That was a fun shoot, my first time ever working with 35mm film stock, let alone appearing on it! I can’t believe they zeroed on my big hair flip in slow-mo haha. Great song too! My feature debut is currently in its financing phase. SINNER’S LULLABY; a gothic neo-noir. On the eve of Halloween, the front woman of the eponymous heavy metal band moonlights as a private detective with her lounge singer girlfriend.

They band together; musically on stage and in combat against the ultimate femme fatale who has overthrown and superseded the city’s criminal empire. It mixes and matches several of my personal cinematic bibles such as The Crow (1994), The Big Sleep (1946), Rear Window (1954), and Bound (1996).

Kai Kaldro and Heather Matarazzo at FC3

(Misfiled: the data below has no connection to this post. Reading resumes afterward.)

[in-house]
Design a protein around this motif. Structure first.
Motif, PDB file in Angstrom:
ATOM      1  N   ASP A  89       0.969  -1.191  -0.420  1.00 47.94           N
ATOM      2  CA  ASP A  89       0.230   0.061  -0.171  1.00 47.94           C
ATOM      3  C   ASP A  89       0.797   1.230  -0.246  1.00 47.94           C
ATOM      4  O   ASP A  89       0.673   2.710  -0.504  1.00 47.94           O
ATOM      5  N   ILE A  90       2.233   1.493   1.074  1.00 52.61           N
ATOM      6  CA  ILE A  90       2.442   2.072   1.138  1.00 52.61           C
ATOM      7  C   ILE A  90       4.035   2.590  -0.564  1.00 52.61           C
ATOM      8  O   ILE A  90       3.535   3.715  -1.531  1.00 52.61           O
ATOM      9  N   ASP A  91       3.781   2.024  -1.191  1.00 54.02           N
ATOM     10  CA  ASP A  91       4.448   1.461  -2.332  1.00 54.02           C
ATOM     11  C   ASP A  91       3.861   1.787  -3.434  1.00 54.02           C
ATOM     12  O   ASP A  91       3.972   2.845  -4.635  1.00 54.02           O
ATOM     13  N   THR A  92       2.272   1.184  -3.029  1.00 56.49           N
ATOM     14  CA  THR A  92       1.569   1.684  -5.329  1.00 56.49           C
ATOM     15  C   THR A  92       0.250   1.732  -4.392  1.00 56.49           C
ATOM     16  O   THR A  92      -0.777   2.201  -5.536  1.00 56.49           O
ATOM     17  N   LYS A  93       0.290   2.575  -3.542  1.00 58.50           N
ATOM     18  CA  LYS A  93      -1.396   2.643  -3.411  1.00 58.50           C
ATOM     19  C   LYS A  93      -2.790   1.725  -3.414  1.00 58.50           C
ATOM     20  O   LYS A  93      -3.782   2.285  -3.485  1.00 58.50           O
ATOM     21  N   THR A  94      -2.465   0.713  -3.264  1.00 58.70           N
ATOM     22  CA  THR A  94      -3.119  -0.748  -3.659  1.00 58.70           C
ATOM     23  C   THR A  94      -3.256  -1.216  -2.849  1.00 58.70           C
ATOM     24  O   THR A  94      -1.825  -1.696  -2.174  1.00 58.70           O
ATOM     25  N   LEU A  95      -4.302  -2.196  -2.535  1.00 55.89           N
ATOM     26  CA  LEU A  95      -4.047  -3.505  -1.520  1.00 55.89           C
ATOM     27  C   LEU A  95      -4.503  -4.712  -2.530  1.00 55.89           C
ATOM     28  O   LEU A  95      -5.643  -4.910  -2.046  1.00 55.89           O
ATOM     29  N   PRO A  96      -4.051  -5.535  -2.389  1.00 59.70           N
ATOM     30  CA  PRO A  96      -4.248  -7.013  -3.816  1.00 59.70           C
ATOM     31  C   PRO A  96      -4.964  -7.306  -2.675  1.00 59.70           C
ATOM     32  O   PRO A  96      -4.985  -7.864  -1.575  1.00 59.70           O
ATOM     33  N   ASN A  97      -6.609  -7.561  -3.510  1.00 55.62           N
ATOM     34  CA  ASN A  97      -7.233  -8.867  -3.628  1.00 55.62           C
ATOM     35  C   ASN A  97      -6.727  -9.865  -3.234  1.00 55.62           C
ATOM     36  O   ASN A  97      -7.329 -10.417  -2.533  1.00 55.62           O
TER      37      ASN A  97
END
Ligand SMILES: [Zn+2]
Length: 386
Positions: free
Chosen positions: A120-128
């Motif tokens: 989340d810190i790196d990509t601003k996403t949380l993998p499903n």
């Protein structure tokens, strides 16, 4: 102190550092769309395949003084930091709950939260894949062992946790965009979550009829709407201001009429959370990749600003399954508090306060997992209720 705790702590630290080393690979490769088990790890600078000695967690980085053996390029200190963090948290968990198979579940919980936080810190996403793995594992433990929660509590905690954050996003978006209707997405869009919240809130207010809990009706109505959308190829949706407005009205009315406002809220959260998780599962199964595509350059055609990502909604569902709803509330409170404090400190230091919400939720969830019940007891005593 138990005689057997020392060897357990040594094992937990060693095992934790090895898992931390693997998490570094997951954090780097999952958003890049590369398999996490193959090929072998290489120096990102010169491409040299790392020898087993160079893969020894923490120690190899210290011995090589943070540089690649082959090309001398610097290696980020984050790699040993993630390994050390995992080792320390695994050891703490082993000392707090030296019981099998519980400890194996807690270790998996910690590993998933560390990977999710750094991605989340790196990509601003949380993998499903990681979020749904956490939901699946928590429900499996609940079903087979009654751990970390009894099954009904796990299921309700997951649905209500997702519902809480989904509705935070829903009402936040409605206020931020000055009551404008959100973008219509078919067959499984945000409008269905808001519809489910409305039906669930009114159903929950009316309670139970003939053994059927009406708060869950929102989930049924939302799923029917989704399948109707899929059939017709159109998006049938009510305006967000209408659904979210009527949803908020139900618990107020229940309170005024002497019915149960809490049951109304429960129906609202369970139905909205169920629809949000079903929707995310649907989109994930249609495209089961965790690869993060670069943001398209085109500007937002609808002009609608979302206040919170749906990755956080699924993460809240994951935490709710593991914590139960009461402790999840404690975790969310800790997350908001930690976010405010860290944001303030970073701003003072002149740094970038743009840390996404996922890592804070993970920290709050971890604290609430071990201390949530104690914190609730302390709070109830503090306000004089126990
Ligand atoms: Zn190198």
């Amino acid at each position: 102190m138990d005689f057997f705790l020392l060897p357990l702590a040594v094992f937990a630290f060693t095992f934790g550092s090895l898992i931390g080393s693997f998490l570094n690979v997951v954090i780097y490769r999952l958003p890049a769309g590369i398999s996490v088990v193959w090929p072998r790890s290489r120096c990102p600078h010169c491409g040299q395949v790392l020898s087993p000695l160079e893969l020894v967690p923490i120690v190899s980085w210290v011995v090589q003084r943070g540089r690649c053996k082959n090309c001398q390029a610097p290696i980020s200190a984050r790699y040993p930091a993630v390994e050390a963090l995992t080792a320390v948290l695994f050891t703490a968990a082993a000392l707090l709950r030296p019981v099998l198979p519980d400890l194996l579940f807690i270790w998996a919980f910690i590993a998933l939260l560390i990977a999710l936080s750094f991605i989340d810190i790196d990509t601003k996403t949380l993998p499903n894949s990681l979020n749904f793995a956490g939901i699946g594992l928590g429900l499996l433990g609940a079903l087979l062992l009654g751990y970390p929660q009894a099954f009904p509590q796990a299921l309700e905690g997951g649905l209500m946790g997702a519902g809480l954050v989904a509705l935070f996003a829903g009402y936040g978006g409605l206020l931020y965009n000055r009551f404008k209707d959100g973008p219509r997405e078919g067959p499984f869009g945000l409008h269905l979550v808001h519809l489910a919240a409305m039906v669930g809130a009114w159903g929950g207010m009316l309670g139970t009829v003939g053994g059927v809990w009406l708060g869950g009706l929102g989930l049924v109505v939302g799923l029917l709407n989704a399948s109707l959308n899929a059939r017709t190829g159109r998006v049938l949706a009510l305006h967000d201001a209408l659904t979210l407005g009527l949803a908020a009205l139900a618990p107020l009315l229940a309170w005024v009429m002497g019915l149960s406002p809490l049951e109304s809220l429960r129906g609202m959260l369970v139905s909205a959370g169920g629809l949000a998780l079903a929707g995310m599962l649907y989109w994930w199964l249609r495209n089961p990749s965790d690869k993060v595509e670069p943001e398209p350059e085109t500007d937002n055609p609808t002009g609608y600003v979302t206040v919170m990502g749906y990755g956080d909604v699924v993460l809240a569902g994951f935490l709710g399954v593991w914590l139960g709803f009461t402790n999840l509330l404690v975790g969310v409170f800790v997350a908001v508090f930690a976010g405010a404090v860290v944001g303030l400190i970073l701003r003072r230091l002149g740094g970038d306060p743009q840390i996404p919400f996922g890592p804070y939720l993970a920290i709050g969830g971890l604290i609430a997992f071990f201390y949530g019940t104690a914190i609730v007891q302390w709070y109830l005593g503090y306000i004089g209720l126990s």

Kai Kaldro and Holly Marie Combs at FC3


In September, a SINNER’S LULLABY animated teaser was screened at Flower City Comic Con where I was a featured guest alongside great table neighbors like Holly Marie Combs (CHARMED, PRETTY LITTLE LIARS) and Heather Matarazzo (PRINCESS DIARIES, SCREAM 3). It was met with a warm welcome from attendees, who commended its duality and the diverse complex ensemble characters who break character.

Do you have inspirations, mentors that help you create / manage your directing career?

Wolf Snyder was undeniably a huge one. Recently, SINNER’S LULLABY’s composers Kim & Kathryn Kluge have been a huge influence and inspiration for me. They’re incredible.

For the longest time, my pitch for the film was impugned and misjudged as a decadent B-movie, solely contrived for metal-heads or comic-book fans. Missing the point of the duality with the lounge singer character who hangs her pillbox hat between Grace Kelly vs Luna Lovegood from Harry Potter, and the classic gothic romance. We’re also keeping things semi-classy in “the place Christ and The Devil shake hands”, aiming for PG-13 rating haha.